5A is the total capacity of SMPS (Power supply). I have 21 devices in total. I am not sure if 2.5 mA is the current requirement for each devices?? Please see attached,,
 

Attachments

crutschow

Joined Mar 14, 2008
24,980
You need one of the specialty power supplies with voltage sense, it means another small gauge pair for the sense lines, but this corrects the P.S. output voltage in order that the supply at the load remains constant.
Particularly important if the load varies.
That's a good approach.
If you don't want to run another two wires, you can add a circuit at the power supply that detects the current and adjusts the power supply voltage to adjust for the known wire resistance voltage drop.
An opamp that senses the current in the return line should be able to do that.
 

Thread Starter

maitrey

Joined Sep 4, 2014
57
That's a good approach.
If you don't want to run another two wires, you can add a circuit at the power supply that detects the current and adjusts the power supply voltage to adjust for the known wire resistance voltage drop.
An opamp that senses the current in the return line should be able to do that.
Don't want to add any additional circuit here. Any part# for built-in voltage sense smps?
 

MaxHeadRoom

Joined Jul 18, 2013
20,707
One of the few makes I used was GFC Power, I believe they are owned by Hammond now, there are a few others similar design.
They were basically linear supplies, some also had crowbar overload shut down.
Max.
 

Papabravo

Joined Feb 24, 2006
13,741
You have no chance to supply 21 devices at 24V and 5 amperes each with a single pair of #12 AWG. It is not clear that you would be able to daisy chain the connections in any case. That means a long run for each device or 42,000 feet of wire. You must be mad if that is your plan. For the on/off control are they all going to be controlled by a single signal or are we going to need another 42,000 feet of wire for the 21 signals and their ground returns?

Show me a drawing of the cable from the power supply to each of the 21 devices, and how you will fabricate the cable.
 
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Thread Starter

maitrey

Joined Sep 4, 2014
57
You have no chance to supply 21 devices at 24V and 5 amperes each with a single pair of #12 AWG. It is not clear that you would be able to daisy chain the connections in any case. That means a long run for each device or 42,000 feet of wire. You must be mad if that is your plan. For the on/off control are they all going to be controlled by a single signal or are we going to need another 42,000 feet of wire for the 21 signals and their ground returns?
You misunderstood the whole concept!

5A is the max capacity of SMPS meaning I have total 5A of current which will be distributed between 21 devices. Now from the data sheet I assume that each device requires 2.5mA of current at 24 VDC and if all devices are to be ON at the same time means 2.5 mA x 21 = ______ . Isn't it right?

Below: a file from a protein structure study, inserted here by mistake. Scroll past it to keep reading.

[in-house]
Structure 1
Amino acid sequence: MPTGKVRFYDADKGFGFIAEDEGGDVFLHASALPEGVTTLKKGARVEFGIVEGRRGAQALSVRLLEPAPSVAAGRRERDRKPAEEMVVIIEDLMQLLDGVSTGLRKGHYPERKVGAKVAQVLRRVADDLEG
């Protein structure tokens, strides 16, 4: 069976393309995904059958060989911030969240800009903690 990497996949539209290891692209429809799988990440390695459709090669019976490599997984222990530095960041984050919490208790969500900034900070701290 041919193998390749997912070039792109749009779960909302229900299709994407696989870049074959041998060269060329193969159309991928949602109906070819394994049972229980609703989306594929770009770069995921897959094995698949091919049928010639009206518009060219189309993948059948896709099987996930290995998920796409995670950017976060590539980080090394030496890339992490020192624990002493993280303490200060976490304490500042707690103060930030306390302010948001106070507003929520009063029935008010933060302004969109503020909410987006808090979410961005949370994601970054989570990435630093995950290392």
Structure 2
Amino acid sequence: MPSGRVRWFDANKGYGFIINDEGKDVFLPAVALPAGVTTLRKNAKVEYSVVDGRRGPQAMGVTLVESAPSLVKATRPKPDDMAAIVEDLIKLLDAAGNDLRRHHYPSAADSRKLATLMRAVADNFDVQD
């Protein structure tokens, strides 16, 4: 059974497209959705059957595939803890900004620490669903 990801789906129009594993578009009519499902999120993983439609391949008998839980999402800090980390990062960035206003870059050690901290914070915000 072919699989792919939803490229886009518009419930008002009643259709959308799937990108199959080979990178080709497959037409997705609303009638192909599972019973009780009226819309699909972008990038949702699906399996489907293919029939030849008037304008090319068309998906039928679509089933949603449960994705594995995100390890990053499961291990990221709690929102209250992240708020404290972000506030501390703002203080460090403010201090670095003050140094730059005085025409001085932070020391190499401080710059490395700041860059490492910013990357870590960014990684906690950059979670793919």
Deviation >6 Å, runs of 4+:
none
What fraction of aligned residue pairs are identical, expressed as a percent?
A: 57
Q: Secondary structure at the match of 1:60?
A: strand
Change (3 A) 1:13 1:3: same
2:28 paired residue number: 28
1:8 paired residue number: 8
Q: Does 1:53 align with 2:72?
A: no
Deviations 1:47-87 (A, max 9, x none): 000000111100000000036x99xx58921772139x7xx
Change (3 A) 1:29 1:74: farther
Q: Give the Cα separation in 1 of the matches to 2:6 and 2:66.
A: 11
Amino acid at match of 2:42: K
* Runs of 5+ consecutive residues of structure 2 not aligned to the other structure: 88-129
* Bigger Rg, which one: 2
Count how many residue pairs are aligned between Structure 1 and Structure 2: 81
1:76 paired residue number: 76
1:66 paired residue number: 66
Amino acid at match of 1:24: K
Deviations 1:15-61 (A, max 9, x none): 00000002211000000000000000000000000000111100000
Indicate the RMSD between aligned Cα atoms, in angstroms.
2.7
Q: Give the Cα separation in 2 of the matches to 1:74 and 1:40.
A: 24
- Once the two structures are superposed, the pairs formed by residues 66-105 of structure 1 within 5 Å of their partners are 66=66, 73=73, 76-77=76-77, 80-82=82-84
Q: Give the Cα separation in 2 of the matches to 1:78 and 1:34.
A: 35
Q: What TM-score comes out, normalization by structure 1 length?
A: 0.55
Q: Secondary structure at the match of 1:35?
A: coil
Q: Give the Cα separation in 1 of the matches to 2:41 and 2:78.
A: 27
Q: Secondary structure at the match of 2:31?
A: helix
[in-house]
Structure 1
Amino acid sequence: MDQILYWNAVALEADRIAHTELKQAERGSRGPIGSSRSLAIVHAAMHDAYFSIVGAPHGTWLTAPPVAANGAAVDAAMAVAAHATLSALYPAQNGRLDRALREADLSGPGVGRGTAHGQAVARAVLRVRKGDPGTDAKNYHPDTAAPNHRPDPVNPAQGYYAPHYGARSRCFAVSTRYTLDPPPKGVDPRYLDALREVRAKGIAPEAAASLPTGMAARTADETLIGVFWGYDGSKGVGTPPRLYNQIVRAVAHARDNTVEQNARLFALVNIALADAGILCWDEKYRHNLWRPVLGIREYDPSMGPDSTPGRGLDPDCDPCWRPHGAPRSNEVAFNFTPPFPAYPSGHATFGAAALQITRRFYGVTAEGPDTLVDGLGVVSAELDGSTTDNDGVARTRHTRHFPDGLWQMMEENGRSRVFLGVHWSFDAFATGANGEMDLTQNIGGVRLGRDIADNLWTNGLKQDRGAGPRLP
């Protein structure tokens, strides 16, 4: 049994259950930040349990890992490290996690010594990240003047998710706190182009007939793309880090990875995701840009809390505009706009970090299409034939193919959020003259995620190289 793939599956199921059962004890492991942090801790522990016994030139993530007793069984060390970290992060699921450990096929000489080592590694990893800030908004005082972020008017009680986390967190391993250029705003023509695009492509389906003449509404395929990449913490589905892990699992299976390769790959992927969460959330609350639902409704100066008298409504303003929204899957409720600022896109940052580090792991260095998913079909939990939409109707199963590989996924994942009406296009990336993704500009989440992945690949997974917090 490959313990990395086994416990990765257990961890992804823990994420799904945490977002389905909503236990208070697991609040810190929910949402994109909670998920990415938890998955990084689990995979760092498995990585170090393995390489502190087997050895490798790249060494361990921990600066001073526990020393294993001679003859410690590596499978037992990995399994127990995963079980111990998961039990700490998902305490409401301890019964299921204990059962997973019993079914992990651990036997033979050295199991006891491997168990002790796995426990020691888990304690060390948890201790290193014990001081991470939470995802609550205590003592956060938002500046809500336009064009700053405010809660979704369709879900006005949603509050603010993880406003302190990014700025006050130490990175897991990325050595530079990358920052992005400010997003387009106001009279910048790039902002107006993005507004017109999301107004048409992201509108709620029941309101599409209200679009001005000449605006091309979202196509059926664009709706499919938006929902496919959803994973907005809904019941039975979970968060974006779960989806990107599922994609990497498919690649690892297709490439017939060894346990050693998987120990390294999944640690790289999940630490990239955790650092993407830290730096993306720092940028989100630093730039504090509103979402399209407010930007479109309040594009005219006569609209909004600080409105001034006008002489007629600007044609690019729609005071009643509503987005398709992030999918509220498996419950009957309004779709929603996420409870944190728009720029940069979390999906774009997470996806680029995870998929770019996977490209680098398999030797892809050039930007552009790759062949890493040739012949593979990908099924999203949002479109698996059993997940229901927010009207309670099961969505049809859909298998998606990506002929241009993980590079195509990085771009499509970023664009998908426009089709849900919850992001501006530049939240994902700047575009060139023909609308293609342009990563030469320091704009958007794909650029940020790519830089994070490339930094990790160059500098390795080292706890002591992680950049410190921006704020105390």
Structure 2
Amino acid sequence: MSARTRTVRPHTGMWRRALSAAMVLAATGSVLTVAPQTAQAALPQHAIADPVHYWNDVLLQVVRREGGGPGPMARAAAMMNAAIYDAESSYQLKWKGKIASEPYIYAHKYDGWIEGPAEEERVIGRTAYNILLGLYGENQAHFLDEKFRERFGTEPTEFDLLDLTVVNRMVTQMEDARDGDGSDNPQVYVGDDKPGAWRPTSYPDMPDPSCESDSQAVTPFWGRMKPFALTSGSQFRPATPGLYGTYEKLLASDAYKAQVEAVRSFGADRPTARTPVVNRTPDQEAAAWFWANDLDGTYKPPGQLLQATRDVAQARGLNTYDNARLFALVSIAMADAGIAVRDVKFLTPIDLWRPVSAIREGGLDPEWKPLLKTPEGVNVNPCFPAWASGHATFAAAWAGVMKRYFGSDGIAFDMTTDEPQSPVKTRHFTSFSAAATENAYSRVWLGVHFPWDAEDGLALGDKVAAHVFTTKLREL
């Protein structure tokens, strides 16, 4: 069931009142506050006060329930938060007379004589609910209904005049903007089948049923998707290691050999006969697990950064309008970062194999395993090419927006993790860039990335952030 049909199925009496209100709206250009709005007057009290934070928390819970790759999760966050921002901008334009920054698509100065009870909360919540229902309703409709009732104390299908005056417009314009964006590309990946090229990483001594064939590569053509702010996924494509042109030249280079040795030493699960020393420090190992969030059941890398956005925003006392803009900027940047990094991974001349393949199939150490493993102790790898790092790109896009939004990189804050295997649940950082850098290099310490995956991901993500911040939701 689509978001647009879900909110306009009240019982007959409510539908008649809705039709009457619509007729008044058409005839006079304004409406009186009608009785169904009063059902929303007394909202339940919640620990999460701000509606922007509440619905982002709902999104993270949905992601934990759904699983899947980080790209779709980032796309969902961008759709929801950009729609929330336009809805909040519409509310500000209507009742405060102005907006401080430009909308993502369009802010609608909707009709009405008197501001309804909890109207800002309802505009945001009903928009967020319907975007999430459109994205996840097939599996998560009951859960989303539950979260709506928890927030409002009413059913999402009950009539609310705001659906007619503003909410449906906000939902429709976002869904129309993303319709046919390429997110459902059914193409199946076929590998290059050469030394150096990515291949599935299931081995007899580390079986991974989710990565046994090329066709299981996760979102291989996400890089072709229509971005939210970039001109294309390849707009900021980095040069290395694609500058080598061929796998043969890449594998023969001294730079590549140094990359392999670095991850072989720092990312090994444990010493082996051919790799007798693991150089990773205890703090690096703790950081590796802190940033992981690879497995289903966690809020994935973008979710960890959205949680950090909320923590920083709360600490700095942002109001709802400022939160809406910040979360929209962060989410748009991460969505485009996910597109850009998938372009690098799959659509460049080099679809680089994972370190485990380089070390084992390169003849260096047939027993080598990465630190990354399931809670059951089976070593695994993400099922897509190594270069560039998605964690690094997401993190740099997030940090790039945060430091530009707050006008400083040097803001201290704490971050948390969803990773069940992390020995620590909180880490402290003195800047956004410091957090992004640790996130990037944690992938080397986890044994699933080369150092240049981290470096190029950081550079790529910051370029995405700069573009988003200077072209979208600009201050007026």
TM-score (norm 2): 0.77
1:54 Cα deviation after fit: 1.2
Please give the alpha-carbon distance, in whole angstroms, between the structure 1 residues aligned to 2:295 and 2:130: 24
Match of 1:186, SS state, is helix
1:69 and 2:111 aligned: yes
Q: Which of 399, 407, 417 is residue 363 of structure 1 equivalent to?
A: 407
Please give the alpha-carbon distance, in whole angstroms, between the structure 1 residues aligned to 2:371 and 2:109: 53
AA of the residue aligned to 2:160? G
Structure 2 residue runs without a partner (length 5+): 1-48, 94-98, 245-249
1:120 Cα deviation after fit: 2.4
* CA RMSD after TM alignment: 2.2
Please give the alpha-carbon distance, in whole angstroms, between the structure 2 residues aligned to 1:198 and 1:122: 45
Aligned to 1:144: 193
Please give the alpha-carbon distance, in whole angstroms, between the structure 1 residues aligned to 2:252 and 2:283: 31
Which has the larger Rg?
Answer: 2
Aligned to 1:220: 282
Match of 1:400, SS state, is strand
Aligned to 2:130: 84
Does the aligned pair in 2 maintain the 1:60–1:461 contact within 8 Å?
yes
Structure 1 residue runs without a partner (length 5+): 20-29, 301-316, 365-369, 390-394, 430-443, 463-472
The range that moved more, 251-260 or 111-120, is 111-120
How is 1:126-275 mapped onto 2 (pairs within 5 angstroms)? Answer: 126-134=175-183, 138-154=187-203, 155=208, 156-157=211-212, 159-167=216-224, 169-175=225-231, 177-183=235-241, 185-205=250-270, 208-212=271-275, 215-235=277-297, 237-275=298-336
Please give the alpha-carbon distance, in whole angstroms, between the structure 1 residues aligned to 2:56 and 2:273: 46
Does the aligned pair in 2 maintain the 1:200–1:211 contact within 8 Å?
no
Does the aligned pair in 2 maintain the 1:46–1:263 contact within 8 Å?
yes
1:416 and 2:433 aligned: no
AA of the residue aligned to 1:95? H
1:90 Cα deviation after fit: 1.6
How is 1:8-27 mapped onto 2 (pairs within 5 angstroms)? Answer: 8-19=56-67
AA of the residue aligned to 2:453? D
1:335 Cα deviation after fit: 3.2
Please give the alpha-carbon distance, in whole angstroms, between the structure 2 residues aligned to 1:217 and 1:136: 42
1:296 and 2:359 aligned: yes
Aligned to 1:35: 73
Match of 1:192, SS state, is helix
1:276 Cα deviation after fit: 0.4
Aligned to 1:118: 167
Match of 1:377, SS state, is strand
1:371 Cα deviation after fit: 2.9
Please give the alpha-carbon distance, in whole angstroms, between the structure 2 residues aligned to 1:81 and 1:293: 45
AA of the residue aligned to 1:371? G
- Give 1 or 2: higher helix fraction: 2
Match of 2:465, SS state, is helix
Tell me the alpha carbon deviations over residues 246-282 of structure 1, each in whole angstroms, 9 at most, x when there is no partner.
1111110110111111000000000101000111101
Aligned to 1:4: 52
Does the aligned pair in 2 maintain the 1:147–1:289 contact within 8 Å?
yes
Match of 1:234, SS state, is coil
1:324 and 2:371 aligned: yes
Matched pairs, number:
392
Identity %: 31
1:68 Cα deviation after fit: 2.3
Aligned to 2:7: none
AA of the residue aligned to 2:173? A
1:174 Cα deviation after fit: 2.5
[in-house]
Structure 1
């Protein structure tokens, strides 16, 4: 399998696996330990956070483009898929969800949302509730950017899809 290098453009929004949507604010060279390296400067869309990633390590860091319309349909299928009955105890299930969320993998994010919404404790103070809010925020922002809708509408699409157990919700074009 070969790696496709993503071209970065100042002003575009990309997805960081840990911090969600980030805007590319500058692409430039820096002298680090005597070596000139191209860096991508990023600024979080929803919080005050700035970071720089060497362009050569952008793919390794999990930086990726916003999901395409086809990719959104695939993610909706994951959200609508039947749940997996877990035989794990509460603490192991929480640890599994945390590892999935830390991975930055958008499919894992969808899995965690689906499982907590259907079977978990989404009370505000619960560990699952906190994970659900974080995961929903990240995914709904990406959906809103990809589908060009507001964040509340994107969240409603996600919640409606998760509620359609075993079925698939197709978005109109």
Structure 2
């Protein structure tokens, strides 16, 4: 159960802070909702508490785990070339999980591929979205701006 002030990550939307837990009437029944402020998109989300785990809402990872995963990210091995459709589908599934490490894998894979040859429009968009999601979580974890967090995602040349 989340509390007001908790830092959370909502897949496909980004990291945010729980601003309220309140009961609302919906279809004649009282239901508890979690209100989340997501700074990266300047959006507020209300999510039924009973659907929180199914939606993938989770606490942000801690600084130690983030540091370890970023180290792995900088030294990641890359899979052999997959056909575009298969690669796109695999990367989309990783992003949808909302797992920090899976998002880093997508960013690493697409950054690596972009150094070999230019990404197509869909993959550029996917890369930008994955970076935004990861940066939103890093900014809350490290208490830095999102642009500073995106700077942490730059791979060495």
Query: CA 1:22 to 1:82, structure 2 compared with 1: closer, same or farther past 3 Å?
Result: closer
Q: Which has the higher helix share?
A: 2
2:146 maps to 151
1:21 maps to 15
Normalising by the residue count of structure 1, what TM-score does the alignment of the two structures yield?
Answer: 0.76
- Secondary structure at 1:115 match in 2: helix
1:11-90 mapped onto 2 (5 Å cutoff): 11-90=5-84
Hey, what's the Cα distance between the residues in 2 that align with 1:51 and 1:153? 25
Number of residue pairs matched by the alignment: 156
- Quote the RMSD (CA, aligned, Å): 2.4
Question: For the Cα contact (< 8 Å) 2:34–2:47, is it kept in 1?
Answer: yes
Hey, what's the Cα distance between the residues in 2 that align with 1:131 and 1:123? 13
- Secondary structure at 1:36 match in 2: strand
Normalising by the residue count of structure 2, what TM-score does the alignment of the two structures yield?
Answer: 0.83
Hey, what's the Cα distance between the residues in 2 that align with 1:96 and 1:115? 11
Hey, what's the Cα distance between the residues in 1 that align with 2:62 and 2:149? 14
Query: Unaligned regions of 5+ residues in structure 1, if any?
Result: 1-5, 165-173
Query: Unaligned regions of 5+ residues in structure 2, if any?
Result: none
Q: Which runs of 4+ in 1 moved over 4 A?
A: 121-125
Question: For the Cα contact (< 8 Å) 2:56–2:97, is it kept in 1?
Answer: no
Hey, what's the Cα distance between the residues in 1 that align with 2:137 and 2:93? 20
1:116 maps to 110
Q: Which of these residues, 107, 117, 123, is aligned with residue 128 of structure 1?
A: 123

Not sure where #12 AWG came from. I am using 7-pin circular cable for power supply (Don't know gauge of each wire)
 

Alec_t

Joined Sep 17, 2013
11,302
How often will the actuators be energised, and for how long? Would it be possible to provide each actuator with a super-capacitor or small rehargeable battery as a local power supply kept trickle-charged by the main supply?
 

Papabravo

Joined Feb 24, 2006
13,741
You misunderstood the whole concept!

5A is the max capacity of SMPS meaning I have total 5A of current which will be distributed between 21 devices. Now from the data sheet I assume that each device requires 2.5mA of current at 24 VDC and if all devices are to be ON at the same time means 2.5 mA x 21 = ______ . Isn't it right?
No wrong. Each device requires 5A from the power supply. The input stage of the circuitry for the on/off signal requires a low amount of current which was not specified on the picture you showed us.

You still can't push 5A through 1000' feet of wire without significant voltage loss
I don't think these devices are meant to be daisy chained.
You should get a device and test it!
 

Thread Starter

maitrey

Joined Sep 4, 2014
57
No wrong. Each device requires 5A from the power supply. The input stage of the circuitry for the on/off signal requires a low amount of current which was not specified on the picture you showed us.

You should get a device and test it!
Correct. My bad. Thanks for clearing this!

The device requiers 24 VDC power supply and its total power consumption is 65 Watts max. (This is too much for an actuator!)
Does it mean that each device requiers 24 VDC/ 2.70 A? And If I have 5A coming from SMPS then it won't be sufficient??